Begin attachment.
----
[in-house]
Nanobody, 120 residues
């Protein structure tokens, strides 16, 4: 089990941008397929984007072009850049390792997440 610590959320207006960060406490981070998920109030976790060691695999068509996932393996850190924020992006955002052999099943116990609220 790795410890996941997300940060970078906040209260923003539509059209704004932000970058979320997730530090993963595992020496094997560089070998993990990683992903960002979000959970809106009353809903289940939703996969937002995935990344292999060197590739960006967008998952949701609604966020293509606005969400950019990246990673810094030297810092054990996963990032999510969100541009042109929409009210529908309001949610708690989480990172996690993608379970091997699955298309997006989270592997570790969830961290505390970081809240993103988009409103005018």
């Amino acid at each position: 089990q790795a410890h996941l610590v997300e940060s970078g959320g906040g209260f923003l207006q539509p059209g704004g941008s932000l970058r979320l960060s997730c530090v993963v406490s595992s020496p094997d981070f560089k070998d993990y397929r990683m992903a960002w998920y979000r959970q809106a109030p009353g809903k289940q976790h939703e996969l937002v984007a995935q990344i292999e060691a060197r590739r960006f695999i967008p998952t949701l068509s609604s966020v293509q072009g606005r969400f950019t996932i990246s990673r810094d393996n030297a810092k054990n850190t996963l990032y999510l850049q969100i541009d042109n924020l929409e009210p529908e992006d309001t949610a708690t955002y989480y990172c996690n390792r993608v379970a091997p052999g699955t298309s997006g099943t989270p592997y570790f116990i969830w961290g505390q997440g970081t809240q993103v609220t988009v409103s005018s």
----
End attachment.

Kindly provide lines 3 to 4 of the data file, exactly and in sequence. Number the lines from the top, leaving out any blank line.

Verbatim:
């Protein structure tokens, strides 16, 4: 089990941008397929984007072009850049390792997440 610590959320207006960060406490981070998920109030976790060691695999068509996932393996850190924020992006955002052999099943116990609220 790795410890996941997300940060970078906040209260923003539509059209704004932000970058979320997730530090993963595992020496094997560089070998993990990683992903960002979000959970809106009353809903289940939703996969937002995935990344292999060197590739960006967008998952949701609604966020293509606005969400950019990246990673810094030297810092054990996963990032999510969100541009042109929409009210529908309001949610708690989480990172996690993608379970091997699955298309997006989270592997570790969830961290505390970081809240993103988009409103005018």
């Amino acid at each position: 089990q790795a410890h996941l610590v997300e940060s970078g959320g906040g209260f923003l207006q539509p059209g704004g941008s932000l970058r979320l960060s997730c530090v993963v406490s595992s020496p094997d981070f560089k070998d993990y397929r990683m992903a960002w998920y979000r959970q809106a109030p009353g809903k289940q976790h939703e996969l937002v984007a995935q990344i292999e060691a060197r590739r960006f695999i967008p998952t949701l068509s609604s966020v293509q072009g606005r969400f950019t996932i990246s990673r810094d393996n030297a810092k054990n850190t996963l990032y999510l850049q969100i541009d042109n924020l929409e009210p529908e992006d309001t949610a708690t955002y989480y990172c996690n390792r993608v379970a091997p052999g699955t298309s997006g099943t989270p592997y570790f116990i969830w961290g505390q997440g970081t809240q993103v609220t988009v409103s005018s």